I sympathise, there's really nothing worse than having a useless teacher when it's something as important as A2, I have to get an A in this subject.
It does sound like we're doing the same course, which is comforting because I don't know a lot of people who are. Maybe we could help each other out for the exam? It's not very far away :/
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jjmichaeljadson
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(Original post by rebeccapally)
Oh, my teacher's a man. He's not a bad teacher, he's just a lot better at the Iliad and Aeneid than the more historical based stuff like Cicero and Augustus, which is ironic because he also teaches history!
I sympathise, there's really nothing worse than having a useless teacher when it's something as important as A2, I have to get an A in this subject.
It does sound like we're doing the same course, which is comforting because I don't know a lot of people who are. Maybe we could help each other out for the exam? It's not very far away :/
Oh right we don't go to the same sixth form then aha! And I'm doing AS (Cicero) but I'm dropping it since my teacher has been very lazy and didn't even go through exam technique... I doubt she will help me get an A next year, especially at A2. Whereas, at AS I'm teaching myself the subject. In terms of timing, how did you allocate the quite generous 90 minutes to get an A? Also, are there any techniques you followed that helped a lot in getting you that A? Thanks
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jjmichaeljadson
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(Original post by rebeccapally)
Sure I'll help, could you tell me which exam board you're on?
Thanks and AQA
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jjmichaeljadson
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(Original post by rebeccapally)
Yep that's the same as me.
Ok so timing was a tough nut to crack for me. I've always been quite bad at that part, so for this exam I remember practising past papers as often as I could, so I could get used to the time constraints. This might not be a problem for you, but I also take English, where you have two and a half hours to write about the same equivalent as the classics papers so it gets quite difficult. So past papers past papers past papers. One of the most crucial things is to know the exam. Look up past papers, even if you don't have a go at all of them it's still helpful to read the questions and see the format. Also look at the mark schemes, find out exactly what the examiner is looking for.

Now I'll explain how long I took for each question, but different people work at different speeds so you have to take that into account. Just spend however much time feels right for you. In the Cicero exam you have your 5 mark question, 10 mark question, 20 mark question and 30 mark question right? With the 5 mark, it should take you about five minutes, since it's just general knowledge of the unit (eg what year was Cicero praetor) Sometimes you'll get an extract which might take you a little bit longer, and remember to read it carefully if that's the case. So after that you have 1h25m left. Next is the 10 mark question, I spent about 15 minutes on this one because again it's fairly basic; you have to make 10 points. So now you've got 1h10m left. Plenty for the 20 mark and 30 mark questions. I spent 20 minutes on the 20 mark question in the exam. It doesn't sound like a lot of time, but if you know what you want to talk about and have enough knowledge to back it up, then it's enough time. That left me a good 50 minutes for the big one. I gave myself 5 minutes planning (because planning is so important for an essay question and you might even get marks for it) and then I wrote for 45 minutes, until they told me to put down my pen.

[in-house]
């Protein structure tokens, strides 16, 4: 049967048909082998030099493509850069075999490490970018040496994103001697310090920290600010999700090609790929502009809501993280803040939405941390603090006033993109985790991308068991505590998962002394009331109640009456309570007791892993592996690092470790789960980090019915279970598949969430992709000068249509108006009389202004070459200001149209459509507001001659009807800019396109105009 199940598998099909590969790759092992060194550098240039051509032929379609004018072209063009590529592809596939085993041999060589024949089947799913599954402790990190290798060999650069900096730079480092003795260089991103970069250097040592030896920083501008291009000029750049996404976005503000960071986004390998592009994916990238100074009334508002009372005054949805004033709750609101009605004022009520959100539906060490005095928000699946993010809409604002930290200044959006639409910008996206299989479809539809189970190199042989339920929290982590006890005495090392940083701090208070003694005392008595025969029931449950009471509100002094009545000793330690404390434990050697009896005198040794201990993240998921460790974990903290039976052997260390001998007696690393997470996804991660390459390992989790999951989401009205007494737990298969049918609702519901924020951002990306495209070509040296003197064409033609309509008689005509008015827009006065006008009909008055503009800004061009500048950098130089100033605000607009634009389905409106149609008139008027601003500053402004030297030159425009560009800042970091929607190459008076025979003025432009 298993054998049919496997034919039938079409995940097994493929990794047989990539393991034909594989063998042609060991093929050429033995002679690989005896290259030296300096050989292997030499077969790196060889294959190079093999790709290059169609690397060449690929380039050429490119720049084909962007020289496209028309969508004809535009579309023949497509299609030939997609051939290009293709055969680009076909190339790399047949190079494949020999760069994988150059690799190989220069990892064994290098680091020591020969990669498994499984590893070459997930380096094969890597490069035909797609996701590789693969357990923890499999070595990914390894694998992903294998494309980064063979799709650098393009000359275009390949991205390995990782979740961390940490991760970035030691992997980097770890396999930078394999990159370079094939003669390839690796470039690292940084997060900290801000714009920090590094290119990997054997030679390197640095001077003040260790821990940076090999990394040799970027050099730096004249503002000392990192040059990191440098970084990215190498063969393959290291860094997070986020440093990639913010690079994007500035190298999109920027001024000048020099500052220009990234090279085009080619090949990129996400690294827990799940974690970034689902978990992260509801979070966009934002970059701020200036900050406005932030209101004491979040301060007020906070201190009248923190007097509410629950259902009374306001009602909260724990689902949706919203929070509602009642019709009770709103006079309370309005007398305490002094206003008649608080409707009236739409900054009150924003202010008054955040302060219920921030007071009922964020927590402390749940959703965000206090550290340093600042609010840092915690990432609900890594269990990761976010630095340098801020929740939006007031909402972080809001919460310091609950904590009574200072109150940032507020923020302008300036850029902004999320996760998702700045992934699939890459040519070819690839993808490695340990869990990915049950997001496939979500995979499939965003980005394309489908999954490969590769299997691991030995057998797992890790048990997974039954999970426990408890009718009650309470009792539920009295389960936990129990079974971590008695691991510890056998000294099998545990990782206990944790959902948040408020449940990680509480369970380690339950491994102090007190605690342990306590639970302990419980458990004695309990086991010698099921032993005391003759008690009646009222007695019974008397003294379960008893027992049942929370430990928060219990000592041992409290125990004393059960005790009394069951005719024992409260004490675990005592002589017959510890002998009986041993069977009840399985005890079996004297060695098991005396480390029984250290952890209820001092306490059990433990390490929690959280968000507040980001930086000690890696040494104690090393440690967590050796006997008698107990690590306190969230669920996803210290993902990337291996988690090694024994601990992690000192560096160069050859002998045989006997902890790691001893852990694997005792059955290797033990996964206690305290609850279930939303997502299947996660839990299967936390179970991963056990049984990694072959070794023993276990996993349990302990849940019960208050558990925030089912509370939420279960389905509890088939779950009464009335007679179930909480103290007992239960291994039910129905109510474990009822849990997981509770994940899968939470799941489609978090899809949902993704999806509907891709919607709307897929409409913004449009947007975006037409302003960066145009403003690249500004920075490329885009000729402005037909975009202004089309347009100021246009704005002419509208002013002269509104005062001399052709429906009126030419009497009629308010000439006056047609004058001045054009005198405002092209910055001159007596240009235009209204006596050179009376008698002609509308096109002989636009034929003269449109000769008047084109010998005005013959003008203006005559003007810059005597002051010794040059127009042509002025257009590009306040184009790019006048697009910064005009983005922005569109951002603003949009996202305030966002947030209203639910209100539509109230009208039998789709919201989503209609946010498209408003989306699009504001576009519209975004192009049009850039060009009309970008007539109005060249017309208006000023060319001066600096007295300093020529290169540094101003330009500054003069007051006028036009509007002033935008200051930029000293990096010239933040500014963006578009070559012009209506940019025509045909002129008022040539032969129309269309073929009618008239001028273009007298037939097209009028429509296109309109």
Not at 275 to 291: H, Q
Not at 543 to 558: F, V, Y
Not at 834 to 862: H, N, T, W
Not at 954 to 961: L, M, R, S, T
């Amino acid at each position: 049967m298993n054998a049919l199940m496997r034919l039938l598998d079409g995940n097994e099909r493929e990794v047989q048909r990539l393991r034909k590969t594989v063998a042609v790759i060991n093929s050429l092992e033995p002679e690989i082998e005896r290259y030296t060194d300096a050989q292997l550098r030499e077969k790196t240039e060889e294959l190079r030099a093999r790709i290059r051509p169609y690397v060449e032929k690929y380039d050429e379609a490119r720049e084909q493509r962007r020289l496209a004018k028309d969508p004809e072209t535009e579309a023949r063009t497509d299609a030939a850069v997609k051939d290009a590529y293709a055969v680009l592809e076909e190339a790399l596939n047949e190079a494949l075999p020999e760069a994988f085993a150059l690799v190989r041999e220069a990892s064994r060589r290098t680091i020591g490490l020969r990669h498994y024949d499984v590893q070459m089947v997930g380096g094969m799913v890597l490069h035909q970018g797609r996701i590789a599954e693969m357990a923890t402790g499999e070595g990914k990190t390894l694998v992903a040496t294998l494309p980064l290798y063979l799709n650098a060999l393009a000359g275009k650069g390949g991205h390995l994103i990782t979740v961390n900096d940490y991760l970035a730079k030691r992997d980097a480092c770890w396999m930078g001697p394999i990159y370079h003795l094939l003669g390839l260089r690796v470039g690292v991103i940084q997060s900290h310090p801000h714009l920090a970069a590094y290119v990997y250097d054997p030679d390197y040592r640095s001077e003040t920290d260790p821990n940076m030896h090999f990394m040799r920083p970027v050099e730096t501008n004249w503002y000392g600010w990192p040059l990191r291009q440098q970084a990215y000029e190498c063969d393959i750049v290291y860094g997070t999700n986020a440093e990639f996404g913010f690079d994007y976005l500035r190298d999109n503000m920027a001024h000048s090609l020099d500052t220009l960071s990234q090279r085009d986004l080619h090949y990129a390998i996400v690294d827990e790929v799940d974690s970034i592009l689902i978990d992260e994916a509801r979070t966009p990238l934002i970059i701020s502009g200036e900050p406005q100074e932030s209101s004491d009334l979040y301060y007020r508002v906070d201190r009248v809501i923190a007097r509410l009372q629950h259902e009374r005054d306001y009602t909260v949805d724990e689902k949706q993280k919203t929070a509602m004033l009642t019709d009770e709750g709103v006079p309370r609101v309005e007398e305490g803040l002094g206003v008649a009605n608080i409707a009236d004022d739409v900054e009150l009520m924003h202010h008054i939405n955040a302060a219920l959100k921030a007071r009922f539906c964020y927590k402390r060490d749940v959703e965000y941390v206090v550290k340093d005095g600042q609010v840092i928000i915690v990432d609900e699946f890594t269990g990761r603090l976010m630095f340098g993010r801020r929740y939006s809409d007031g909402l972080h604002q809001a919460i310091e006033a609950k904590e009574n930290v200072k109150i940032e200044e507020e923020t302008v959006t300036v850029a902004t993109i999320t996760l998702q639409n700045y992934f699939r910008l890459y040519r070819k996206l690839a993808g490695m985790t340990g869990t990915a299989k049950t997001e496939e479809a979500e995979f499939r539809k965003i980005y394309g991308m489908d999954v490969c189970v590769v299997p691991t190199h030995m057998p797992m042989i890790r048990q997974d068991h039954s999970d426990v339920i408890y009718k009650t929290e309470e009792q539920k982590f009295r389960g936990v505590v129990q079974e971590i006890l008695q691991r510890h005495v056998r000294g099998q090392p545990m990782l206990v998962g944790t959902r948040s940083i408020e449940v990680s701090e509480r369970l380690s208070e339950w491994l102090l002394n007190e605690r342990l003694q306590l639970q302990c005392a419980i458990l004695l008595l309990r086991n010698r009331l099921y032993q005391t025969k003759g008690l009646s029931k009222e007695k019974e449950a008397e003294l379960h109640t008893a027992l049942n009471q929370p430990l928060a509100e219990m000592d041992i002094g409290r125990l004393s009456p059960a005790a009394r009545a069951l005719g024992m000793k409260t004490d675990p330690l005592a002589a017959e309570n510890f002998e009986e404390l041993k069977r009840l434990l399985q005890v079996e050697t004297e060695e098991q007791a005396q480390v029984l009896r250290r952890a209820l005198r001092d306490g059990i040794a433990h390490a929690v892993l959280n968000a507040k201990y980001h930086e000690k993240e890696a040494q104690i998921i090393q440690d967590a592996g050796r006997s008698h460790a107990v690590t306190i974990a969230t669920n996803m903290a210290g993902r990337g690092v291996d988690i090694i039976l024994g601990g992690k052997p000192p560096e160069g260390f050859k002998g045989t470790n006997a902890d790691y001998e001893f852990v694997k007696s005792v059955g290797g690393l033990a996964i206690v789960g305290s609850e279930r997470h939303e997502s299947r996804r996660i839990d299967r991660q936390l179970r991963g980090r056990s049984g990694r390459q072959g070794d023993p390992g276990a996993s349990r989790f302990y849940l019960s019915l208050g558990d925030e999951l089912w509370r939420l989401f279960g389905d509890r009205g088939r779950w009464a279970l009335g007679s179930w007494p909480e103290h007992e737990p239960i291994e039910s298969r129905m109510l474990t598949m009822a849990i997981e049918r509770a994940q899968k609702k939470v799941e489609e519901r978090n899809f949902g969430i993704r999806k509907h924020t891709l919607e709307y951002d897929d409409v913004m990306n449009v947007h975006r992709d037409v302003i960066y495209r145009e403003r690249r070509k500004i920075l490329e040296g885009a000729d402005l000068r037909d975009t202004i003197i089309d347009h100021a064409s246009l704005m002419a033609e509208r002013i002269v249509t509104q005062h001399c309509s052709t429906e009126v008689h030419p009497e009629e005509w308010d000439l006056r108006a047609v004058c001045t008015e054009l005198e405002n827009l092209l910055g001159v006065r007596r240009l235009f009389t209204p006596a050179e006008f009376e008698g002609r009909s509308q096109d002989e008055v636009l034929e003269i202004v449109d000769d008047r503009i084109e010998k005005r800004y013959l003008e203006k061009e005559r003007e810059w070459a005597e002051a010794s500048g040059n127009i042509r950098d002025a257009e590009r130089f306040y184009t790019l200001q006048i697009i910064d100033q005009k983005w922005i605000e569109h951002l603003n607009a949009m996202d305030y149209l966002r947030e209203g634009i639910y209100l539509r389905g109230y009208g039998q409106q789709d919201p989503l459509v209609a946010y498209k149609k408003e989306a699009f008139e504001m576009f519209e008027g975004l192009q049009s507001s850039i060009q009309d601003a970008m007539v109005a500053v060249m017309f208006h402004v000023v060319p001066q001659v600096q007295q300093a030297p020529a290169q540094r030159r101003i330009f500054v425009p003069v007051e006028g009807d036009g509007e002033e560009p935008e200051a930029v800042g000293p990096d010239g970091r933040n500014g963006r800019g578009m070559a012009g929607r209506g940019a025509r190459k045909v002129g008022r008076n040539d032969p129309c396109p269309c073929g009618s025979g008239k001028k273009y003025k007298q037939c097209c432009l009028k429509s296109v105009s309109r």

Hope that helped a little
As for techniques, I remember the night before the exam being full to burst with Cicero knowledge. I just revised as much as I could. Talking to people about it helps. If you explain the things you've learnt to family/friends who won't get bored of it, it really gives you a confidence boost, and helps you to memorise it all. Confidence is so important.
Just memorise all the knowledge you can, practice writing past papers under timed conditions, record yourself reciting dates, use different medias to keep your revision fresh (documentaries, dramatisations etc), make flash cards, read your notes and write them out repeatedly till they stick, keep calm, get lots of sleep and don't worry.
I know your exam is only on Wednesday but that still means you have this evening and tomorrow and the day after to revise as much as you can; it's not too late. You'll be fine.
It must have taken you a lot of time to write that reply, I hope I'm not disturbing your revision or anything but thank you so much! Timing is not that much of an issue forb me anymore but I'll try my best to stick to that kind of timing . The best way I remember things is by basically talking out loud to myself, which is great because I can get through things quite fast so hopefully I will be finished in time! Your advice was really helpful.